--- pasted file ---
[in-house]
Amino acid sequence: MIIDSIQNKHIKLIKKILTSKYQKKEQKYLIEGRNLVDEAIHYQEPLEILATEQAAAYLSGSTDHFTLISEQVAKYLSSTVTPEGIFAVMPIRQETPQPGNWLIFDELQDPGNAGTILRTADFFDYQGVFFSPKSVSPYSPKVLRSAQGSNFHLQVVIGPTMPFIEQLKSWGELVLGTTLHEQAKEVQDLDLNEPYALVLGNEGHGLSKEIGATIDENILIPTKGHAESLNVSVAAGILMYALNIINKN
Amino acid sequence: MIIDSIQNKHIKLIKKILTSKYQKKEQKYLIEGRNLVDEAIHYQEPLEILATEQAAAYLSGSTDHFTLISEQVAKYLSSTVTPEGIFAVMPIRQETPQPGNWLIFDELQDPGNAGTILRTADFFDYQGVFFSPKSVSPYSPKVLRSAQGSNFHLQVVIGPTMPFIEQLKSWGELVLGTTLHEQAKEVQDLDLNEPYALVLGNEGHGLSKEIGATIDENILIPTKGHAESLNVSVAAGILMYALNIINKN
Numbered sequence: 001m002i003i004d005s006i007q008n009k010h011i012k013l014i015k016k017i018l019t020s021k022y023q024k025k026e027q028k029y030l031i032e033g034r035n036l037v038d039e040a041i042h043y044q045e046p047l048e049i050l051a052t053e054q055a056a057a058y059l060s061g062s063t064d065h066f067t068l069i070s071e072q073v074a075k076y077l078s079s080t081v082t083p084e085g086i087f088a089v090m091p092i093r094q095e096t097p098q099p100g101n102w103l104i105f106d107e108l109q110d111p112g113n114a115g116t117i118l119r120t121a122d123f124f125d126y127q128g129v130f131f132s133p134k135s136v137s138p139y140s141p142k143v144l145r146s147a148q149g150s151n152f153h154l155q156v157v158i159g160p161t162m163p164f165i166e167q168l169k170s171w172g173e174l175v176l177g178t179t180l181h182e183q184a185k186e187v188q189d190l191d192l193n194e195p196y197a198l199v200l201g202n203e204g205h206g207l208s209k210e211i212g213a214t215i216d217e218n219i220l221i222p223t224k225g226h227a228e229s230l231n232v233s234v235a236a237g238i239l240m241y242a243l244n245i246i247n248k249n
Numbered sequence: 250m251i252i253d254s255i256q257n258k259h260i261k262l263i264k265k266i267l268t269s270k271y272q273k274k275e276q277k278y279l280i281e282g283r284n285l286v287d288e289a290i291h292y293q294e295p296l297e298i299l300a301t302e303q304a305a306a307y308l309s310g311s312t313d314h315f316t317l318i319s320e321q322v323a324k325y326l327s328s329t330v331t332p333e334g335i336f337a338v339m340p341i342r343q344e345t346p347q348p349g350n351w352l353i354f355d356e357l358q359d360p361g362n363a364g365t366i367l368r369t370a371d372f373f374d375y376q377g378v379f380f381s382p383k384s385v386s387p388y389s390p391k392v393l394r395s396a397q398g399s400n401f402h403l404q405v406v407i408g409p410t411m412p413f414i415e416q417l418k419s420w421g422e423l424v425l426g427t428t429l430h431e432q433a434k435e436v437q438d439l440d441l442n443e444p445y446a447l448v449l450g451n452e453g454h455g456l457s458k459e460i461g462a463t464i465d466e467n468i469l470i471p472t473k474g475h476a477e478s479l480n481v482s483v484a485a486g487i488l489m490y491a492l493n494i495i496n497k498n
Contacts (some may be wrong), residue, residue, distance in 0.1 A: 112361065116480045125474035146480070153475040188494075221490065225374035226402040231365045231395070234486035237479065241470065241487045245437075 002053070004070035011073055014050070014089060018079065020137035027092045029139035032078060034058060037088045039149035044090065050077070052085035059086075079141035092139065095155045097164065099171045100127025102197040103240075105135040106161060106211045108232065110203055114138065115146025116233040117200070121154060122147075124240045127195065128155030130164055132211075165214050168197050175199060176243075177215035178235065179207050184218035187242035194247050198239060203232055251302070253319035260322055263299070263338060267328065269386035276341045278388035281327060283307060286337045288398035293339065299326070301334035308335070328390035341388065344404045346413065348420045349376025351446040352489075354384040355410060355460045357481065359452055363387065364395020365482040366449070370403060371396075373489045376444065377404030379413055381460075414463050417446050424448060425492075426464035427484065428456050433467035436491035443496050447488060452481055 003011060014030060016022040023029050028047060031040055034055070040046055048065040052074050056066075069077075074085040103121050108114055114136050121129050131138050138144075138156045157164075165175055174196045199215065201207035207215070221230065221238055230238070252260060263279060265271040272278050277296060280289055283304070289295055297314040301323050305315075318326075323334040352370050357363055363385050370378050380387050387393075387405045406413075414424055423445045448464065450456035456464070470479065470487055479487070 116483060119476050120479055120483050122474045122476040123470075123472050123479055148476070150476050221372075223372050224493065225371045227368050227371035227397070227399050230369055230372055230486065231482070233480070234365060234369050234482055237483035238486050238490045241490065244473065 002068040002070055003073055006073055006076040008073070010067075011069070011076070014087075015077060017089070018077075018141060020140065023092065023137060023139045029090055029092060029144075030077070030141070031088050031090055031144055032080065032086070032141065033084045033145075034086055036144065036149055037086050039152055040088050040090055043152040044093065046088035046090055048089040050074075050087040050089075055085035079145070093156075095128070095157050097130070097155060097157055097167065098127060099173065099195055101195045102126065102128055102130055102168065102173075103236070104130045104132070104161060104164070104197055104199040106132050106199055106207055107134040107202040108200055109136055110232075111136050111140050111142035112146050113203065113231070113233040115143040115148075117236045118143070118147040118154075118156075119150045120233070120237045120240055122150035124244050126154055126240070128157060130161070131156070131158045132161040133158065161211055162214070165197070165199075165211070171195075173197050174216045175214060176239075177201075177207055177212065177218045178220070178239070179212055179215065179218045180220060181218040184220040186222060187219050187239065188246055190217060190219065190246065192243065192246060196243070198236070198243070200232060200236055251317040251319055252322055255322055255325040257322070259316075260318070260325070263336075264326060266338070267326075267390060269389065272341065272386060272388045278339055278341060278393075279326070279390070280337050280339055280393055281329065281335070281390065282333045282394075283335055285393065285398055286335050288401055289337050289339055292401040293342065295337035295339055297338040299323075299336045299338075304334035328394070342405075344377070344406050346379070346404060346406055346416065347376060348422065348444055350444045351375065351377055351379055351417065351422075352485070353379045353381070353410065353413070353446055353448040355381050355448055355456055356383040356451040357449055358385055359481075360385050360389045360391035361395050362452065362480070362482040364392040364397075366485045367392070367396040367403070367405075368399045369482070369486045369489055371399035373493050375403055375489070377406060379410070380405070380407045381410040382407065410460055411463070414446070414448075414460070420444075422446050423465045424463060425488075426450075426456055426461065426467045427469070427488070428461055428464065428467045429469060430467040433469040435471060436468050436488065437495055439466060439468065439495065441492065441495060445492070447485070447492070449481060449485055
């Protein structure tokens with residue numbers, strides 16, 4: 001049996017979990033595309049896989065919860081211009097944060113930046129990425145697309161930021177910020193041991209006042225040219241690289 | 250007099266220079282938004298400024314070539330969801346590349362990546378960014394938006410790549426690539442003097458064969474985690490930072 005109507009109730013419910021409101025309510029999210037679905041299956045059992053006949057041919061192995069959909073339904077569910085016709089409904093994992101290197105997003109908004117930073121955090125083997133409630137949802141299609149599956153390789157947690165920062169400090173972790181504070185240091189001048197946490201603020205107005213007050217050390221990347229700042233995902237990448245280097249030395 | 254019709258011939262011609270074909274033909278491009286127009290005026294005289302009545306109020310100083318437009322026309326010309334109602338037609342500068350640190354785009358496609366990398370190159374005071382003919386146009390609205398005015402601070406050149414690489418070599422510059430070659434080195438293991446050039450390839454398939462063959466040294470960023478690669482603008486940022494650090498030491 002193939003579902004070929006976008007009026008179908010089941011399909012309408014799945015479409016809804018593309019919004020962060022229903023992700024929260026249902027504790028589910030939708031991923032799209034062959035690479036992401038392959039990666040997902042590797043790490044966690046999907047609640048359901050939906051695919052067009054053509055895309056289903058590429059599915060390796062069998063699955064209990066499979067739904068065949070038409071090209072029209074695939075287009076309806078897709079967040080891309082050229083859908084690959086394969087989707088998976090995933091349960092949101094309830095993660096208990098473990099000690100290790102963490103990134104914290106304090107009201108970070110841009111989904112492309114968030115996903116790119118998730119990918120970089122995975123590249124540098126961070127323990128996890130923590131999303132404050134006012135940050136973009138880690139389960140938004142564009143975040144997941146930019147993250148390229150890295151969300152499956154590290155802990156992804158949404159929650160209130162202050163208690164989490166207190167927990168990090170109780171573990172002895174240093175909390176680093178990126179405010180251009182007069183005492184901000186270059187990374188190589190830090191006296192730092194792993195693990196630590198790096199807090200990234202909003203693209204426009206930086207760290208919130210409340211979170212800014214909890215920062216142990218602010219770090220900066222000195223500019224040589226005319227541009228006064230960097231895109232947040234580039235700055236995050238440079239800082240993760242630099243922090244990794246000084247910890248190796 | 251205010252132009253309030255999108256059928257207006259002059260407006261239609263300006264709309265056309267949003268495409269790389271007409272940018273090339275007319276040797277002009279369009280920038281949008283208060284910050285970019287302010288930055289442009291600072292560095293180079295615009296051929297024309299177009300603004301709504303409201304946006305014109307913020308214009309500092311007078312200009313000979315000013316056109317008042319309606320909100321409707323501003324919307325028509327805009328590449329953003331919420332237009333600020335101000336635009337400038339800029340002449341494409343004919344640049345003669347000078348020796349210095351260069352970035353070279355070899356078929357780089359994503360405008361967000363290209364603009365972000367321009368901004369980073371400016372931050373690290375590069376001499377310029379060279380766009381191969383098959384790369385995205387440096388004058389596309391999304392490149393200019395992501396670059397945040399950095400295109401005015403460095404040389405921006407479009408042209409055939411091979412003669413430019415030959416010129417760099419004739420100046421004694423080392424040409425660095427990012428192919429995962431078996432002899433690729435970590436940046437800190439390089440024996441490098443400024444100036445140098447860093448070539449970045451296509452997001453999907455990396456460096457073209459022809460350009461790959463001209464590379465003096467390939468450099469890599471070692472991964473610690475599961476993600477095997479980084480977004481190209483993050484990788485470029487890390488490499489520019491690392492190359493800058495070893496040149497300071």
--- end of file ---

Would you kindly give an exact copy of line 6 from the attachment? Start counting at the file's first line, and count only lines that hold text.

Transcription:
Contacts (some may be wrong), residue, residue, distance in 0.1 A: 112361065116480045125474035146480070153475040188494075221490065225374035226402040231365045231395070234486035237479065241470065241487045245437075 002053070004070035011073055014050070014089060018079065020137035027092045029139035032078060034058060037088045039149035044090065050077070052085035059086075079141035092139065095155045097164065099171045100127025102197040103240075105135040106161060106211045108232065110203055114138065115146025116233040117200070121154060122147075124240045127195065128155030130164055132211075165214050168197050175199060176243075177215035178235065179207050184218035187242035194247050198239060203232055251302070253319035260322055263299070263338060267328065269386035276341045278388035281327060283307060286337045288398035293339065299326070301334035308335070328390035341388065344404045346413065348420045349376025351446040352489075354384040355410060355460045357481065359452055363387065364395020365482040366449070370403060371396075373489045376444065377404030379413055381460075414463050417446050424448060425492075426464035427484065428456050433467035436491035443496050447488060452481055 003011060014030060016022040023029050028047060031040055034055070040046055048065040052074050056066075069077075074085040103121050108114055114136050121129050131138050138144075138156045157164075165175055174196045199215065201207035207215070221230065221238055230238070252260060263279060265271040272278050277296060280289055283304070289295055297314040301323050305315075318326075323334040352370050357363055363385050370378050380387050387393075387405045406413075414424055423445045448464065450456035456464070470479065470487055479487070 116483060119476050120479055120483050122474045122476040123470075123472050123479055148476070150476050221372075223372050224493065225371045227368050227371035227397070227399050230369055230372055230486065231482070233480070234365060234369050234482055237483035238486050238490045241490065244473065 002068040002070055003073055006073055006076040008073070010067075011069070011076070014087075015077060017089070018077075018141060020140065023092065023137060023139045029090055029092060029144075030077070030141070031088050031090055031144055032080065032086070032141065033084045033145075034086055036144065036149055037086050039152055040088050040090055043152040044093065046088035046090055048089040050074075050087040050089075055085035079145070093156075095128070095157050097130070097155060097157055097167065098127060099173065099195055101195045102126065102128055102130055102168065102173075103236070104130045104132070104161060104164070104197055104199040106132050106199055106207055107134040107202040108200055109136055110232075111136050111140050111142035112146050113203065113231070113233040115143040115148075117236045118143070118147040118154075118156075119150045120233070120237045120240055122150035124244050126154055126240070128157060130161070131156070131158045132161040133158065161211055162214070165197070165199075165211070171195075173197050174216045175214060176239075177201075177207055177212065177218045178220070178239070179212055179215065179218045180220060181218040184220040186222060187219050187239065188246055190217060190219065190246065192243065192246060196243070198236070198243070200232060200236055251317040251319055252322055255322055255325040257322070259316075260318070260325070263336075264326060266338070267326075267390060269389065272341065272386060272388045278339055278341060278393075279326070279390070280337050280339055280393055281329065281335070281390065282333045282394075283335055285393065285398055286335050288401055289337050289339055292401040293342065295337035295339055297338040299323075299336045299338075304334035328394070342405075344377070344406050346379070346404060346406055346416065347376060348422065348444055350444045351375065351377055351379055351417065351422075352485070353379045353381070353410065353413070353446055353448040355381050355448055355456055356383040356451040357449055358385055359481075360385050360389045360391035361395050362452065362480070362482040364392040364397075366485045367392070367396040367403070367405075368399045369482070369486045369489055371399035373493050375403055375489070377406060379410070380405070380407045381410040382407065410460055411463070414446070414448075414460070420444075422446050423465045424463060425488075426450075426456055426461065426467045427469070427488070428461055428464065428467045429469060430467040433469040435471060436468050436488065437495055439466060439468065439495065441492065441495060445492070447485070447492070449481060449485055